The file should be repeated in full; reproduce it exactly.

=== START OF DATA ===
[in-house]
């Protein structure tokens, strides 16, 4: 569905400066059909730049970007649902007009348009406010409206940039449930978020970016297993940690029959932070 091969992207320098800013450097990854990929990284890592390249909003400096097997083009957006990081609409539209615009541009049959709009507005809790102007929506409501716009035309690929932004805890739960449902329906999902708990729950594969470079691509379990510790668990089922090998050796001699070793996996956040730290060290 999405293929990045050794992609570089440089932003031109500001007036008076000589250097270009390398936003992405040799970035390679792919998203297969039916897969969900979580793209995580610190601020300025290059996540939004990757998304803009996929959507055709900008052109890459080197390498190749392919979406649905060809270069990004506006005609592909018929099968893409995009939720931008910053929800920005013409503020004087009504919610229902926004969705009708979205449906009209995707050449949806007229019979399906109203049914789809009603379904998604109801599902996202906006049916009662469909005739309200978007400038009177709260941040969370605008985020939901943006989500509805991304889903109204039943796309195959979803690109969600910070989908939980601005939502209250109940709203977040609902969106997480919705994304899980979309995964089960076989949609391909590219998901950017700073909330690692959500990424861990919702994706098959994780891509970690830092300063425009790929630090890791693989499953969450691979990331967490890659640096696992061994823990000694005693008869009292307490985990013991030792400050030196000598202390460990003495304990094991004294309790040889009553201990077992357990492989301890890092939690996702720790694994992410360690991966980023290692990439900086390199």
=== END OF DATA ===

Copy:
[in-house]
């Protein structure tokens, strides 16, 4: 569905400066059909730049970007649902007009348009406010409206940039449930978020970016297993940690029959932070 091969992207320098800013450097990854990929990284890592390249909003400096097997083009957006990081609409539209615009541009049959709009507005809790102007929506409501716009035309690929932004805890739960449902329906999902708990729950594969470079691509379990510790668990089922090998050796001699070793996996956040730290060290 999405293929990045050794992609570089440089932003031109500001007036008076000589250097270009390398936003992405040799970035390679792919998203297969039916897969969900979580793209995580610190601020300025290059996540939004990757998304803009996929959507055709900008052109890459080197390498190749392919979406649905060809270069990004506006005609592909018929099968893409995009939720931008910053929800920005013409503020004087009504919610229902926004969705009708979205449906009209995707050449949806007229019979399906109203049914789809009603379904998604109801599902996202906006049916009662469909005739309200978007400038009177709260941040969370605008985020939901943006989500509805991304889903109204039943796309195959979803690109969600910070989908939980601005939502209250109940709203977040609902969106997480919705994304899980979309995964089960076989949609391909590219998901950017700073909330690692959500990424861990919702994706098959994780891509970690830092300063425009790929630090890791693989499953969450691979990331967490890659640096696992061994823990000694005693008869009292307490985990013991030792400050030196000598202390460990003495304990094991004294309790040889009553201990077992357990492989301890890092939690996702720790694994992410360690991966980023290692990439900086390199």